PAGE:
Have you heard sloths ‘talk’ to each other? No? We also haven’t, until now. In an adorable video, two sloths can be seen hanging upside down on a pole. Their tiny noses and little faces are to die for. But wait till you hear their little ‘mehhhs.’ They will surely melt your heart. 
The video, which was posted on YouTube, has garnered over 12 million views and 277,000 likes, and users can’t get enough of its adorableness.
Some of the comments include:
“My god, my new spirit animal is the sloth. Look at their tiny noses, and they sound like cats. Awwww I can’t they’re too cute.”
“Omg these little creatures are so beautiful and adorable! I want to play and mother one right now”
‘Not long enough’
“ThIS VIDEO is not LONG ENOUGH! It’s the cutest. My heart stops at the end every time!”
“I thought I was a really harsh and strong individual but looking at this. I question it.”
“I am literally dying. Sloths are my favorite animals, besides giraffes, and I still can never get over their cute little ‘eeehhhhhh.’ Those are literally the sounds I make to everything.”
While we certainly don’t understand what they are saying, there’s no denying how adorable these cuties are. 
Facts About Sloths
Sloths are extremely slow-moving mammals found in the rainforest canopies of Central and South America. They travel no more than 125 feet (38 meters) in a single day, and when they find themselves at ground level, they crawl only 1 foot (30 cm) per minute. They are so slow that algae grow on their bodies, giving them additional camouflage.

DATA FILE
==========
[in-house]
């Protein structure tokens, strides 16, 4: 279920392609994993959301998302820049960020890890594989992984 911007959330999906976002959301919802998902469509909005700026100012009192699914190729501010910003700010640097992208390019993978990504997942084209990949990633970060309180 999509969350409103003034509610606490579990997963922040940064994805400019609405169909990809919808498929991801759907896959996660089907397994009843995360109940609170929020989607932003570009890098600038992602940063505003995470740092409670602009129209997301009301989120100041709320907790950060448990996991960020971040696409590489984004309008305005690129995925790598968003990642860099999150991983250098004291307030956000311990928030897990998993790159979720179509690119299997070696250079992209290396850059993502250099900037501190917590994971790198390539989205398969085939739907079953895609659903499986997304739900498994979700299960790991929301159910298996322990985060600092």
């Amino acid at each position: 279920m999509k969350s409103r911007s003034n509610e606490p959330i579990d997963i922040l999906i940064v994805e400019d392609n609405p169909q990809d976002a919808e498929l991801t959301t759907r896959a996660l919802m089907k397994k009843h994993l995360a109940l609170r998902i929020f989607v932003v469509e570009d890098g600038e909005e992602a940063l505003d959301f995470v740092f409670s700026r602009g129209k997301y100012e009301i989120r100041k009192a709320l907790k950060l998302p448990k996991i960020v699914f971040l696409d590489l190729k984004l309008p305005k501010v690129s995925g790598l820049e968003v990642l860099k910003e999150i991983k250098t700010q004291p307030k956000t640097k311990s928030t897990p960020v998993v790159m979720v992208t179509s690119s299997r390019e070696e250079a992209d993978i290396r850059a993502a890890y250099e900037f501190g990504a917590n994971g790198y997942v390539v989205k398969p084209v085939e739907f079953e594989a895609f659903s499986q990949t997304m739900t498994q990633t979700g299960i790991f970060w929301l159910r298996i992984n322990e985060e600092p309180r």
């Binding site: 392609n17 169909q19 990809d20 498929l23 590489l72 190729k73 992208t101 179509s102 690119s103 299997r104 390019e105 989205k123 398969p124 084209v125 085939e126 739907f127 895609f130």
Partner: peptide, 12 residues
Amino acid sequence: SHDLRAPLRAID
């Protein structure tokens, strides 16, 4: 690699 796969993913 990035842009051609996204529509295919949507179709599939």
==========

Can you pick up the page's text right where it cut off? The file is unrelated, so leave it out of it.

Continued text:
Although sloths possess long claws that make walking on land difficult, they are good swimmers and can move three times faster on water. They can also hold their breath for 40 minutes by pressing their metabolism to make their heart rate three times slower than usual. 
There are two different types of sloths, two-toed and three-toed, and six species:
- Pygmy three-toed sloth
- Pale-throated sloth
- Brown-throated sloth
- Maned sloth
- Hoffman’s two-toed sloth
- Linnaeus’s two-toed sloth
Of all the species, the pygmy sloth is critically endangered and likely to go extinct before 2022.
The Sloth Sanctuary of Costa Rica
The Sloth Sanctuary of Costa Rica is a rescue center for injured, orphaned, and abandoned sloths. Founded by Judy Avey-Arroyo and Luis Arroyo, it was built to help people realize the importance of these animals.
The 320-acre lush, tropical, lowland rainforest, which was formerly inhabited by banana plantations, was originally known as Aviarios del Caribe. The property was officially declared a privately-owned, biological reserve by the government of Costa Rica in 1975.
In 1997, The Sloth Sanctuary of Costa Rica was officially authorized as a rescue center. The mission of the Sloth Sanctuary is the rescue, research, rehabilitation, and, when possible, the release of sloths. They also educate people about conserving the rainforest, the sloths’ natural habitat.
- “Baby Sloths Are Having A Conversation And The Internet Is Weak In The Knees.” Retrieved from Healthy Food House. May 2019.
- Morgan, N. “The Internet Has Fallen in Love with These Baby Sloths Having A Conversation (Video).” Retrieved from Before Its News. May 2019.
- Lax, Aaron. “10 facts about sloths, nature’s slowest animals.” Retrieved from World Animal Protection. November 2017.
- “Saving the sloths.” UN Environment. May 2018.
- “What Does A Sloth Say?” YouTube. July 2014.
- Sloth Sanctuary.